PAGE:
Home Energy and Environment Governor McAuliffe Signs Executive Order Convening Climate Change and Resiliency Update Commission

Governor McAuliffe Signs Executive Order Convening Climate Change and Resiliency Update Commission

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From Gov. McAuliffe's office: 

 

Governor McAuliffe visited First Landing State Park on the shores of the Chesapeake Bay in Virginia Beach to sign Executive Order 19, convening the Governor’s Climate Change and Resiliency Update Commission.

 

The bipartisan Commission is made up of leaders from around the state including local elected officials, members of the General Assembly, business leaders, environmental advocates, faith leaders, and industry representatives.

“We need to prepare Virginia’s coastal communities to deal with the growing threat of climate change, which is why I’ve re-convened the Climate Commission for the first time in four years,” stated Governor McAuliffe. “Virginia has the opportunity not only to be a leader in finding creative ways to mitigate climate change in the future but also to adapt to the effects of climate change that we have already begun to see here in the Commonwealth. I have asked Secretary of Natural Resources Molly Ward and Secretary of Public Safety Brian Moran to co-chair the Commission, which will focus on protecting Virginia’s citizens, our environment, and our industries in every region of Virginia.”

This Commission will evaluate the recommendations made by then-Governor Kaine’s Climate Commission, determine what actions were taken on those recommendations, and issue an updated final report.  The Executive Order gives the Commission one year to complete its work.

Climate Change Commission Members 

Molly Ward, Secretary of Natural Resources

Brian Moran, Secretary of Public Safety

Aubrey Lane, Secretary of Transportation

Maurice Jones, Secretary of Commerce and Trade

Richard Stuart, Senate of Virginia (R)

Barbara Favola, Senate of Virginia (D)

Gordon Helsel, House of Delegates (R)

Eileen Filler-Corn, House of Delegates (D)

Michael Karmis, PhD, Virginia Tech

Ray Toll, Old Dominion University

Patrick Taylor, NASA

John Wells, Virginia Institute of Marine Science, College of William and Mary

Michael Mann, PhD, Pennsylvania State University

Brett Vassey, Virginia Manufactures Association

Katie Frazier, Virginia Agribusiness Council

Francis Hodsell, Virginia Advanced Energy

Ann Jennings, Chesapeake Bay Foundation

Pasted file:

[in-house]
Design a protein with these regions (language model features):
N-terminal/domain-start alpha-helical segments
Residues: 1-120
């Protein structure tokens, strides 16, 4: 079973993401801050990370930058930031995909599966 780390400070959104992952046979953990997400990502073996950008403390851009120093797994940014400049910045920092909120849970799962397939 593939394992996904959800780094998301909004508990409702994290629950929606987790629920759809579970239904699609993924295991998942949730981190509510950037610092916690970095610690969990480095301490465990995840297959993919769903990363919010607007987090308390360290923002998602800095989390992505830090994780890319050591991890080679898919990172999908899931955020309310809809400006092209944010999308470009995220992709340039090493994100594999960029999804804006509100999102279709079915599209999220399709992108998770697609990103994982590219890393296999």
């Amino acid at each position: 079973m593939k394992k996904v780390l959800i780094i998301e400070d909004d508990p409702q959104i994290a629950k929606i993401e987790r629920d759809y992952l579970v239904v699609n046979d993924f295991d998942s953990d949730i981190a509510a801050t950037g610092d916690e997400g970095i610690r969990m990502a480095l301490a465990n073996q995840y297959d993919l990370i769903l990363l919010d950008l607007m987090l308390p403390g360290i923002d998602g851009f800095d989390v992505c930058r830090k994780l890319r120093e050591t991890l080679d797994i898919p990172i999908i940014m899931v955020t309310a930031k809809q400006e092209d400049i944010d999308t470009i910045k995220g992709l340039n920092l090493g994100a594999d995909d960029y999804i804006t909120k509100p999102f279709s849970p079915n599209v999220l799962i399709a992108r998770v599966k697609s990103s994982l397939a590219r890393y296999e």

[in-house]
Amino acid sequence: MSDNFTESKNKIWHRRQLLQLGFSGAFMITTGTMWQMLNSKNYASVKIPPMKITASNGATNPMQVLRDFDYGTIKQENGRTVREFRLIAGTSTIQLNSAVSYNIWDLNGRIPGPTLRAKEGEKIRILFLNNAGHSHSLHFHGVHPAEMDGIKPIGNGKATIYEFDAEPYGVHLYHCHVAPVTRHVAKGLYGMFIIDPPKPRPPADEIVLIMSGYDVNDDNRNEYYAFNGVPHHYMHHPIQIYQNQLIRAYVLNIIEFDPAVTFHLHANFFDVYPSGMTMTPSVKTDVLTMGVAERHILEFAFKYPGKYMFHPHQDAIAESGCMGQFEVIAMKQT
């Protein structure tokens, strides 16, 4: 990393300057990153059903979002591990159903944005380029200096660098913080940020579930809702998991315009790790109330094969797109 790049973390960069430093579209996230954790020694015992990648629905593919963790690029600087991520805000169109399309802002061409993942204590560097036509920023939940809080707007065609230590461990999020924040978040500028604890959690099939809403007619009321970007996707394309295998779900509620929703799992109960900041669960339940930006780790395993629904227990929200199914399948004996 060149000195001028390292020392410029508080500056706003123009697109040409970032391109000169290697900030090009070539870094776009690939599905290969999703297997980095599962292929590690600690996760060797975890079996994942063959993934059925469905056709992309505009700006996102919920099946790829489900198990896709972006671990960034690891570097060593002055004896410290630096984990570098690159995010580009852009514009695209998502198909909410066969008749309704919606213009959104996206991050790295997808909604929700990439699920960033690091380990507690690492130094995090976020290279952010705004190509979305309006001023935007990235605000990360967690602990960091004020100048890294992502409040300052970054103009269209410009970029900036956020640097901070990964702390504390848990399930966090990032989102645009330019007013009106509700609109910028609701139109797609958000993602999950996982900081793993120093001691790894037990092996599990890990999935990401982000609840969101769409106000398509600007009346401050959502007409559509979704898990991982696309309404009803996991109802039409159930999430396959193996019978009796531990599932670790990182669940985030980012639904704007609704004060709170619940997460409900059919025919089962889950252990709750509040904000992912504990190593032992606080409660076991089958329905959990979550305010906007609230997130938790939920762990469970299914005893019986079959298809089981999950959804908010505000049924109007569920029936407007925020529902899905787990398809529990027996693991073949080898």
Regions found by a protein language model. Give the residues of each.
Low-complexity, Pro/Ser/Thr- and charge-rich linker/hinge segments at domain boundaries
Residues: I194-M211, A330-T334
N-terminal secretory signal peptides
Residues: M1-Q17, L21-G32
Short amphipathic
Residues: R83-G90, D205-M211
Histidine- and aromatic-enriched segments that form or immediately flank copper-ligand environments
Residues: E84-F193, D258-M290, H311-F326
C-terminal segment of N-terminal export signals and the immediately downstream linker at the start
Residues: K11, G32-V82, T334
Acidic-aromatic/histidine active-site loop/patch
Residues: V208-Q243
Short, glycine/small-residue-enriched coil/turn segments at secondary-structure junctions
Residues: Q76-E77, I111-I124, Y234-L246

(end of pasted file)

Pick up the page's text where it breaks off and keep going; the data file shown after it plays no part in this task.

Anne Gambardella, Virginia Automobile Dealers Association

Robert M. Blue, Dominion Virginia Power

Charles Patton, Appalachian Power

Bernice McIntyre, Washington Gas Light Company

Jerome Barber, Sixth Mount Zion Baptist Temple

Nikki Rovner, The Nature Conservancy

Cale Jaffe, Southern Environmental Law Center

Walton Shepherd, Natural Resources Defense Council

Ivy Main, Sierra Club

Michael Town, League of Conservation Voters

Hap Connors, Commonwealth Transportation Board

Kenneth Wright, Mayor of Portsmouth

Daniel LaShof, Next Generation Climate Action

Neil Gray, International Brotherhood of Electrical Workers

Richard Groover, J. Sargeant Reynolds Community College

Mike Toalson, Home Builders Association of Virginia

Dr. JoAnn Haysbert, Hampton University

Jagadish Shukla, Institute of Global Environment and Society, George Mason University

 

The full text of Executive Order 19 is below:

 

EXECUTIVE ORDER NUMBER 19 (2014)

CONVENING THE GOVERNOR’S CLIMATE CHANGE

AND RESILIENCY UPDATE COMMISSION

 

Importance of the Issue

 

The National Oceanic and Atmospheric Administration has identified some Virginia coastal areas as among the most vulnerable to sea level rise in the nation, and the U.S. Navy Task Force Climate Change has identified Naval Station Norfolk as one of its most endangered installations. The Chesapeake Bay is particularly susceptible to damage caused by climate change. While Virginia has taken certain steps to mitigate the effects of climate change, it is imperative that the Commonwealth redouble its efforts in the face of this looming problem.

 

In 2008, Governor Kaine established the Governor’s Commission on Climate Change to address these concerns. The Commission’s final report outlined the impact that changing weather conditions have on Virginia’s built environment, natural systems, and the health of its citizens. Among the findings was the decline or disappearance of key species of the Chesapeake Bay, increased damage from more frequent and severe storms, and the spread of vector born diseases like West Nile virus. The report also made over 150 recommendations to help Virginia adapt to the consequences of climate change, as well as reduce Virginia’s contributions to the problem.